LIBRARYWe offer this reading list for Exploration Telerobotics Symposium participants. These published references present some contemporary, as well as historical thinking on the use of telepresence for space exploration. We encourage you to at least thumb through these. Perhaps good airplane reading.
This is a recent study of the price of latency and the notion of cognitive horizons with regard to space exploration. The idea of on-orbit telerobotics as a general exploration strategy is suggested.
The potential of lunar surface telerobotic control from Earth-Moon Lagrange points is assessed. This kind of work is seen not only as enhancing lunar surface telerobotic operations, but as a near term validation of techologies and operations concepts that are extendable to more distant destinations.
The conceptual design for the Human Exploration using Real-time Robotic Operations (HERRO) strategy is summarized. The HERRO study has been focused on on-orbit telerobotic control of Mars surface robots. This paper summarized the work of an extensive multi-year study on the HERRO concept.
The HERRO strategy is broadened into to planetary mission concepts. One for Mars, and one for Venus; The latter would be impractical for a crewed surface mission.
Basanez, L.and Suarez, R. 2009. Teleoperation.Handbook of Automation. Springer.
This is a good overview of teleoperation, including historical background, general principles, and applications. The chapter is largely focused on *telemanipulation*, but is a good intro.
Sheridan, T. 1993. Space Teleoperation Through Time Delay: Review and
Prognosis. IEEE Transactions on Robotics and Automation 9(5).
Hard to believe this paper is almost 20 years old already. Still considered to be the summary reference on time delay and *telemanipulation*. Does a good job of highlighting the manual control issues.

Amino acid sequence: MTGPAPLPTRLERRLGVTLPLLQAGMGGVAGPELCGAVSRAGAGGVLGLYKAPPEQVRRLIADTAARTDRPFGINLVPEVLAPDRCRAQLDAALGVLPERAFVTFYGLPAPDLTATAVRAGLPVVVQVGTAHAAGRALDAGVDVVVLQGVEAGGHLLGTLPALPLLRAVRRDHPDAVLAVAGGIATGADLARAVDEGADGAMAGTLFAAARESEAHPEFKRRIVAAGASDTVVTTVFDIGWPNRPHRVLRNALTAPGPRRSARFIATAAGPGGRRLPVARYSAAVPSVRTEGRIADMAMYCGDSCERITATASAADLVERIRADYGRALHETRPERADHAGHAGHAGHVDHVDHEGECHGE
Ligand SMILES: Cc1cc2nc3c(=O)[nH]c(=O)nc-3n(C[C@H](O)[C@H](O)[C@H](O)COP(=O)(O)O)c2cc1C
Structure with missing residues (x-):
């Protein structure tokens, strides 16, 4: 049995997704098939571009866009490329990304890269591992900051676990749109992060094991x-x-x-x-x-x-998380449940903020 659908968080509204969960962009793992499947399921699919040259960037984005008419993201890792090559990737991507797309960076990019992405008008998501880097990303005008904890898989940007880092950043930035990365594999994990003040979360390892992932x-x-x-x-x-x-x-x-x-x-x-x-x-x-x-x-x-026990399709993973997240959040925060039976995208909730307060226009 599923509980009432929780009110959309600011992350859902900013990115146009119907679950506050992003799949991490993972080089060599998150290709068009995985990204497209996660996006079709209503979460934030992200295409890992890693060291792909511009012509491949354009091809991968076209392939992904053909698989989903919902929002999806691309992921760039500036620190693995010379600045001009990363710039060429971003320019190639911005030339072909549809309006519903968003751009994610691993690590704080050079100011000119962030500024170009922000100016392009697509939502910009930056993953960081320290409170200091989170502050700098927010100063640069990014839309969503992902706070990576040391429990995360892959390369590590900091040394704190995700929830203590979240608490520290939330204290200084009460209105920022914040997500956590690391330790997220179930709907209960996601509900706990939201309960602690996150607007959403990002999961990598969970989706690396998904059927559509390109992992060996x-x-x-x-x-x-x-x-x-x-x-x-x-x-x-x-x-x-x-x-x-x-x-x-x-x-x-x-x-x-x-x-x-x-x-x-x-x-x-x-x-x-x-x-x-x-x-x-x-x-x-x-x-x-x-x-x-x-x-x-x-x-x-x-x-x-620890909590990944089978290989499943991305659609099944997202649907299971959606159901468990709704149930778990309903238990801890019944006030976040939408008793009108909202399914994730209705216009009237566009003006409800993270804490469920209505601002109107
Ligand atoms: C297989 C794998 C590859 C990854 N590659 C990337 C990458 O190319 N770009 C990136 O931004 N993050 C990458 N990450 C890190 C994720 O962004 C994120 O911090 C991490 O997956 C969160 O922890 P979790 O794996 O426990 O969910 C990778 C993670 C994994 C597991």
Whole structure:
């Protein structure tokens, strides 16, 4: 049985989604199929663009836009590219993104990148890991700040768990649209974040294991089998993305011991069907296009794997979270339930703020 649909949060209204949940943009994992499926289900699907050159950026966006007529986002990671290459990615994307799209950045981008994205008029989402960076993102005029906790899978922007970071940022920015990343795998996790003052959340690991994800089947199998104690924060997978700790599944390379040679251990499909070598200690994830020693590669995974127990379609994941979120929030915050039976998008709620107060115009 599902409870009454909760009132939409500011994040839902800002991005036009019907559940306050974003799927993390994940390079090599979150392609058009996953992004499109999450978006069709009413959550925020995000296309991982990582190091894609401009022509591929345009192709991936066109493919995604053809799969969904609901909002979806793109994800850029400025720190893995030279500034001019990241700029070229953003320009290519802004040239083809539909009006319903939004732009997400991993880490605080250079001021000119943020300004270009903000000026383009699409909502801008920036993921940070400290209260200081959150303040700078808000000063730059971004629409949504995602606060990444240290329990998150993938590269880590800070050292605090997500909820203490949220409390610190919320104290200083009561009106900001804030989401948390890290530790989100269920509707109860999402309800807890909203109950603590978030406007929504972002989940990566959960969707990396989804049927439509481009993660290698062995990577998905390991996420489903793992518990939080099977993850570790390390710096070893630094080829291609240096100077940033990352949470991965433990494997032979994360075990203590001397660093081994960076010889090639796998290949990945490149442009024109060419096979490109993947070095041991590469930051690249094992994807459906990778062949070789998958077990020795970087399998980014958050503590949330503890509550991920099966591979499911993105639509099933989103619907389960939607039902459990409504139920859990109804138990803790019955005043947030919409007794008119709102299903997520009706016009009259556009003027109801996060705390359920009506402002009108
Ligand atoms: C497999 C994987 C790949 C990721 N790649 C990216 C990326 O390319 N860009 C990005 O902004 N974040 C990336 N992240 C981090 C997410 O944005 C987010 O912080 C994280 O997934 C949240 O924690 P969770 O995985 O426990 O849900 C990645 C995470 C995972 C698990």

Fong, T., and Thorpe, C. 2001.Vehicle Teleoperation Interfaces. Autonomous Robots 11(1).
Somewhat dated survey of remote *vehicle* user interfaces. It provides an overview of some approaches for dealing with teleoperation *without* manipulation.
Ma, R., and Kaber, D. 2005. Presence, Workload and Performance Effects of
Synthetic Environment Design Factors. Int. Journal of Human-Computer
An excellent study of the relationship between the sense of "presence";, cognitive workload, and task performance. Evidence indicates that immersiveness (of viewpoint) and auditory cuing significantly influence the sense of subjective presence and perceptions of workload. The study also provided further evidence of signifiant relationship between presence and workload, but no evidence of a correlation of objective presence and performance.
Riley, J., Kaber, D., and Draper, J. 2004. Situation Awareness and Attention Allocation Measures for Quantifying Telepresence Experiences in Teleoperation. Human Factors and Ergonomics in Manufacturing 14(1).
The motivation for this research was to establish an objective measure of telepresence and investigate the relationship between telepresence and teleoperation performance.
Ellis, S. 1996. Presence of Mind... a Reaction to Thomas Sheridan's "Musings on Telepresence", Presence 5(2).
This paper is a good starting point for a discussion on the "value of telepresence". Steve argues two key things: (1) the design of a teleoperation or virtual environment system should generally focus on the efficient; communication of causal interaction; and (2) the sense of presence, that is of actually being at the simulated or remote workplace, is of *secondary* importance.
Sheridan, T. 1994. Further Musings on the Psychophysics of Presence. IEEE Conference on Systems, Man, and Cybernetics.
This is an extension of Sheridan's earlier paper (1993) which considered alternative meanings and significance of "presence", the experience of "being there"", commonly called "telepresence" in the case of remote control or teleoperation, and called "virtual presence" in the case of computer-generated simulation.